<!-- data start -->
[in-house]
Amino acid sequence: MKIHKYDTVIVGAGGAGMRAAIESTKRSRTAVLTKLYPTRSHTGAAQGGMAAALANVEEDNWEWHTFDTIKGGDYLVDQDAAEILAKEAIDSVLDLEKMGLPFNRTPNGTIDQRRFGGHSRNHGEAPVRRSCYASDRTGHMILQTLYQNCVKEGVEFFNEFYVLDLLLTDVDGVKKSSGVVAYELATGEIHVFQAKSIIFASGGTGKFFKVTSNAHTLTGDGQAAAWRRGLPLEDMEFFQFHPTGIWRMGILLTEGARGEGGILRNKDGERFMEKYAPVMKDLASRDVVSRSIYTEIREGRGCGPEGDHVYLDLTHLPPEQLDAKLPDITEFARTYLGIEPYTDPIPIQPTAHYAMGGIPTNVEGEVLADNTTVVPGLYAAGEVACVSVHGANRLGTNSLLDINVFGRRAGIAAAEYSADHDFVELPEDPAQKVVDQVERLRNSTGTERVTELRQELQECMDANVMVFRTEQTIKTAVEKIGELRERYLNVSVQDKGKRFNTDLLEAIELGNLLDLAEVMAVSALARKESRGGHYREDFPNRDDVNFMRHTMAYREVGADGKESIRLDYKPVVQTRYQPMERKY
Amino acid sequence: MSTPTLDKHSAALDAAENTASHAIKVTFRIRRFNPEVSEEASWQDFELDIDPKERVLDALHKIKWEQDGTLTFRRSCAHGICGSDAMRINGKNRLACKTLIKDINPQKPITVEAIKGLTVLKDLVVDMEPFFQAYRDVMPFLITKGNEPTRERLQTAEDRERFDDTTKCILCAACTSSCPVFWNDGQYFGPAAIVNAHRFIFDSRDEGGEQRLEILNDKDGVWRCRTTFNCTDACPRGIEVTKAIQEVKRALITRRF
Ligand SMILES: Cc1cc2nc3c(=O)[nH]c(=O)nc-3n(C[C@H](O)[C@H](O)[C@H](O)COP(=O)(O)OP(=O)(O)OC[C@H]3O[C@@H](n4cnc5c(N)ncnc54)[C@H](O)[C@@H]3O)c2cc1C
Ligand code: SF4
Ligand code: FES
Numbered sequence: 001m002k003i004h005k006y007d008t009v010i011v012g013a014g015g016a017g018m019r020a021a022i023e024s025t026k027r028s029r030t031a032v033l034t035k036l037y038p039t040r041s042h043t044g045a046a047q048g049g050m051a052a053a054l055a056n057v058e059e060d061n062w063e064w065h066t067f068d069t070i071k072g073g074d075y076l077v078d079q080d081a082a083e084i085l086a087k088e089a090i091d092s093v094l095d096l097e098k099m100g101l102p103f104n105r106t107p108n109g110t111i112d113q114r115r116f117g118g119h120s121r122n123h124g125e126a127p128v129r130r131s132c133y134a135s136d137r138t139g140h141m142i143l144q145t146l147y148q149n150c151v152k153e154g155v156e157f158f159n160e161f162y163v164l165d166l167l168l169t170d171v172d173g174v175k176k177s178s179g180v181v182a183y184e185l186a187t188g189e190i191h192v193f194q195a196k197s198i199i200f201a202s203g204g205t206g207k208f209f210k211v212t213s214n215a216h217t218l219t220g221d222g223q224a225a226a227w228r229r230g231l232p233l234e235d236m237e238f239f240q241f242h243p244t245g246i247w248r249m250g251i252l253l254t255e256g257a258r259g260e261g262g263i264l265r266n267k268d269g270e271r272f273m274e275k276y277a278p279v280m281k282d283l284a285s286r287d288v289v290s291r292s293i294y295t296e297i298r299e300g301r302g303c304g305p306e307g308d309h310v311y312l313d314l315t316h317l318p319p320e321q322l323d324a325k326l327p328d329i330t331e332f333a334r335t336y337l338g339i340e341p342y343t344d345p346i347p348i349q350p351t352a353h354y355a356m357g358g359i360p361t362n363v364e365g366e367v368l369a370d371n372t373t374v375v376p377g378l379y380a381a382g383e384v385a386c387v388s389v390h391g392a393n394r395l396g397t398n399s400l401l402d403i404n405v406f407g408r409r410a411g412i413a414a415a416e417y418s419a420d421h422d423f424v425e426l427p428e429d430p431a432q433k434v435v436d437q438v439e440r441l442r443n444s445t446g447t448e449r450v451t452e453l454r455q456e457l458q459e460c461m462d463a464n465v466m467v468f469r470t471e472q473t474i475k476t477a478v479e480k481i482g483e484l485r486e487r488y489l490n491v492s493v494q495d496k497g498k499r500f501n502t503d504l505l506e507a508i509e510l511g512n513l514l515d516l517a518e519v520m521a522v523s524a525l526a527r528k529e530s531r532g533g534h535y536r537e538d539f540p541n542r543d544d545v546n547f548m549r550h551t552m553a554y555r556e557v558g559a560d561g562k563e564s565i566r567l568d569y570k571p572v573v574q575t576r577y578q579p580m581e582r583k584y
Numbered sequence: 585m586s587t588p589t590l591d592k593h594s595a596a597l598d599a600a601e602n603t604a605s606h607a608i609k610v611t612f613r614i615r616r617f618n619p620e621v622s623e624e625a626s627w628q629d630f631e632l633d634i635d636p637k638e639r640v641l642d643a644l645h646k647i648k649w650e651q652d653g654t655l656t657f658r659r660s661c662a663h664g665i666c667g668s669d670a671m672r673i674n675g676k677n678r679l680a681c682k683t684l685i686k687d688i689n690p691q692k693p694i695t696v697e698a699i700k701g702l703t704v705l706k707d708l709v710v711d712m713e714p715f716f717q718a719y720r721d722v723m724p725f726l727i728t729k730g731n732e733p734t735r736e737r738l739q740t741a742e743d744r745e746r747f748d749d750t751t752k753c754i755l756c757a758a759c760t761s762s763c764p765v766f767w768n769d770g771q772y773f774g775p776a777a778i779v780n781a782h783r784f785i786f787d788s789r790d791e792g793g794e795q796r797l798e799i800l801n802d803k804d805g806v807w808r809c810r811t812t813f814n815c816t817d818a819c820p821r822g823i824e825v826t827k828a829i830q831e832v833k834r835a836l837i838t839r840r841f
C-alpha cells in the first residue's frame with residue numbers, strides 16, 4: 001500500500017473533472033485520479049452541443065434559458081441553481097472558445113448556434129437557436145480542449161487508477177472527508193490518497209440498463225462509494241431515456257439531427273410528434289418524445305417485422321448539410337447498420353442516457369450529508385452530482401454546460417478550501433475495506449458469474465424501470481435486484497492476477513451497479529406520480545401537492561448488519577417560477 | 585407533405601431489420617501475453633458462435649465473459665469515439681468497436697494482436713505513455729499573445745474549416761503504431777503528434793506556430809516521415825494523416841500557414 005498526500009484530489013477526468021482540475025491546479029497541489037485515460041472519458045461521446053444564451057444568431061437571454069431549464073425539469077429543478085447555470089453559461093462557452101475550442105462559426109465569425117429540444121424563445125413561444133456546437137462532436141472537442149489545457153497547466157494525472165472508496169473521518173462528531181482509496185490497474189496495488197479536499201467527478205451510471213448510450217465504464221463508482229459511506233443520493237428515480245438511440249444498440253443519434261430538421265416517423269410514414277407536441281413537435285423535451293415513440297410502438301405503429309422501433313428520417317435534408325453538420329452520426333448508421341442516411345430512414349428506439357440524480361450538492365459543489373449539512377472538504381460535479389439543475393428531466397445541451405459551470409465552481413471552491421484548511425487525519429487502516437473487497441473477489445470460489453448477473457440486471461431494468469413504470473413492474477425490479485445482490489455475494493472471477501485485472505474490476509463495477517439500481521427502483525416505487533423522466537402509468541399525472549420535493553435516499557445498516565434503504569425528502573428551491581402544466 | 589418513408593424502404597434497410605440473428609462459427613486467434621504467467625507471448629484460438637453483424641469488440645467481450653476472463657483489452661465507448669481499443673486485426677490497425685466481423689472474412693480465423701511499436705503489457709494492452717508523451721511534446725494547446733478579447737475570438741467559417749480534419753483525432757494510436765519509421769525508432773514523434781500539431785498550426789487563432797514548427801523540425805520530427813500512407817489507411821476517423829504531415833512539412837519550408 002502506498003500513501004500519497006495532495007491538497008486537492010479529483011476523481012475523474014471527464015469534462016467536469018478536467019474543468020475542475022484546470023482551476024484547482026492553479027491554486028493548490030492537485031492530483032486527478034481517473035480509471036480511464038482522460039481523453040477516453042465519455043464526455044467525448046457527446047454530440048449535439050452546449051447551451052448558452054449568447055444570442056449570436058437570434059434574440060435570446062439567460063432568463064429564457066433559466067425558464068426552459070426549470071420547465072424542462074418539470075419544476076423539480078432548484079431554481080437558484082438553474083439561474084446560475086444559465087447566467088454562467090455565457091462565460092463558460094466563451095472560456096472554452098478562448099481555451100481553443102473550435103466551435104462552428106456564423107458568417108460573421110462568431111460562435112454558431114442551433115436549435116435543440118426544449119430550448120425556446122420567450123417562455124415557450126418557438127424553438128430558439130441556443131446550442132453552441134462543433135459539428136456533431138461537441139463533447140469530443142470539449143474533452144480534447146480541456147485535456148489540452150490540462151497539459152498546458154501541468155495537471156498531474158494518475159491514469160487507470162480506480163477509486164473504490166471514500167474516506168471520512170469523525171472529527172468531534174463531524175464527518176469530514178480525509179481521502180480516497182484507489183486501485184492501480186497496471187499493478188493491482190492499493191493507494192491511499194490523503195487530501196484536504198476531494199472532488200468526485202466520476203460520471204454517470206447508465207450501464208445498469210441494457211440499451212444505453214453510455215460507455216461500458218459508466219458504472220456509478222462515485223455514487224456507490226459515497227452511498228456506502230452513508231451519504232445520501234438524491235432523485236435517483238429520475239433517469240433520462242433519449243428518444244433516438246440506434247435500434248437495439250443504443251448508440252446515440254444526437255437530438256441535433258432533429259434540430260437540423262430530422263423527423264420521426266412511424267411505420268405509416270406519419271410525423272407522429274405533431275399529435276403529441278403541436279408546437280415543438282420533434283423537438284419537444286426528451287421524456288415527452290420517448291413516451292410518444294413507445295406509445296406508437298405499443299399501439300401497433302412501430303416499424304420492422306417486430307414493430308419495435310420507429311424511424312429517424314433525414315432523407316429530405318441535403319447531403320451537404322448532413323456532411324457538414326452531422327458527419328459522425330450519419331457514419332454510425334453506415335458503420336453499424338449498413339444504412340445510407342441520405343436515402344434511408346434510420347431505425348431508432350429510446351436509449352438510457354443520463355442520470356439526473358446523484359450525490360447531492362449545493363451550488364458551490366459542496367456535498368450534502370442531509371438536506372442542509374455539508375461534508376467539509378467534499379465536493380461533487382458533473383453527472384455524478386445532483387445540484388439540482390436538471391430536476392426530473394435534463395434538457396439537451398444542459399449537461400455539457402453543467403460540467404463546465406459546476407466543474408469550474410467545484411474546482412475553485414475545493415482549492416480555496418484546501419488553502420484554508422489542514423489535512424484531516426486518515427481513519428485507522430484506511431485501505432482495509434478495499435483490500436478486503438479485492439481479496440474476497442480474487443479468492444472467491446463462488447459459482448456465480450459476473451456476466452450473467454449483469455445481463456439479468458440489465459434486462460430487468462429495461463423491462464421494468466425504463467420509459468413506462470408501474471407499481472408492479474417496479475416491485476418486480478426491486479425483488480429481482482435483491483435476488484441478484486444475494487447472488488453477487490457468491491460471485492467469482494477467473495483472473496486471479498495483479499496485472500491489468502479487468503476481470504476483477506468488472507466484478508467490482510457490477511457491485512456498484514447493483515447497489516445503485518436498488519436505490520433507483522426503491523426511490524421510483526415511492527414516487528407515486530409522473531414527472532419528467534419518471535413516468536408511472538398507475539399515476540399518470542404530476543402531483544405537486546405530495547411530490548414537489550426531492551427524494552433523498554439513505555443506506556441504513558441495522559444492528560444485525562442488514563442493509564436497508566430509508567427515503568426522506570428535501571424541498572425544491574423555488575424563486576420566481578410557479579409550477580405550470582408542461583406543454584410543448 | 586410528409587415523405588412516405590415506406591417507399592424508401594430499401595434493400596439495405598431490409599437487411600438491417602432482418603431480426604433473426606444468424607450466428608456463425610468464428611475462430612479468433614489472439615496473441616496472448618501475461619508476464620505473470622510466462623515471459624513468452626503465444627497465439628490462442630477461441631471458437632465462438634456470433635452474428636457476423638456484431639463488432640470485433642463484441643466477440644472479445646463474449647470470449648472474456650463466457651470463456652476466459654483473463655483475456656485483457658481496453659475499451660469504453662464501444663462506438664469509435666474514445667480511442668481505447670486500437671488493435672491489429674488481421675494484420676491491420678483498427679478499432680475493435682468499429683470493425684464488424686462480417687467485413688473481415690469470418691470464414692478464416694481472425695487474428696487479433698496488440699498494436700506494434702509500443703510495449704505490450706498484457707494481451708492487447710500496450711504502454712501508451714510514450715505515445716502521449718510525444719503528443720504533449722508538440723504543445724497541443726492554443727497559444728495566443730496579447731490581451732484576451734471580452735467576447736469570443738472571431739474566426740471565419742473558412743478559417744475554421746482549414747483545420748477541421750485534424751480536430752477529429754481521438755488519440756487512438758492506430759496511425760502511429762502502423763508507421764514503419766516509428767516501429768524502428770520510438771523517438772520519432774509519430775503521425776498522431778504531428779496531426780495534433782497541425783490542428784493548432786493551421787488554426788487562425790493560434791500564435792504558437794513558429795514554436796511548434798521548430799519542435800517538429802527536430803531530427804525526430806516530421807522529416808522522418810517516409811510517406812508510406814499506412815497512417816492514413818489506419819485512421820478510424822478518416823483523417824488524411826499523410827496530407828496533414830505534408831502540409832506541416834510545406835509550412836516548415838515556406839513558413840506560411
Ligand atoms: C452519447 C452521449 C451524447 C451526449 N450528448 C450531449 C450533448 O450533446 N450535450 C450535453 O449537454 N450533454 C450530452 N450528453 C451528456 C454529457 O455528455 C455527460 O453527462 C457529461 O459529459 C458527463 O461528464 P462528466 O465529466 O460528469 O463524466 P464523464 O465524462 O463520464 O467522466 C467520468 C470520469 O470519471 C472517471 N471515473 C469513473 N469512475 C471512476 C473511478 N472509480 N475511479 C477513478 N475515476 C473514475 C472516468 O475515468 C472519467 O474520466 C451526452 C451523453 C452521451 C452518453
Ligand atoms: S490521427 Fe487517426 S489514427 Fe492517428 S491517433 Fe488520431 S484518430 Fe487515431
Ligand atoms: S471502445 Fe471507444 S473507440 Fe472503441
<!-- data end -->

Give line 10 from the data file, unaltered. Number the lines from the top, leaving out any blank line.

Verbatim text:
Ligand atoms: C452519447 C452521449 C451524447 C451526449 N450528448 C450531449 C450533448 O450533446 N450535450 C450535453 O449537454 N450533454 C450530452 N450528453 C451528456 C454529457 O455528455 C455527460 O453527462 C457529461 O459529459 C458527463 O461528464 P462528466 O465529466 O460528469 O463524466 P464523464 O465524462 O463520464 O467522466 C467520468 C470520469 O470519471 C472517471 N471515473 C469513473 N469512475 C471512476 C473511478 N472509480 N475511479 C477513478 N475515476 C473514475 C472516468 O475515468 C472519467 O474520466 C451526452 C451523453 C452521451 C452518453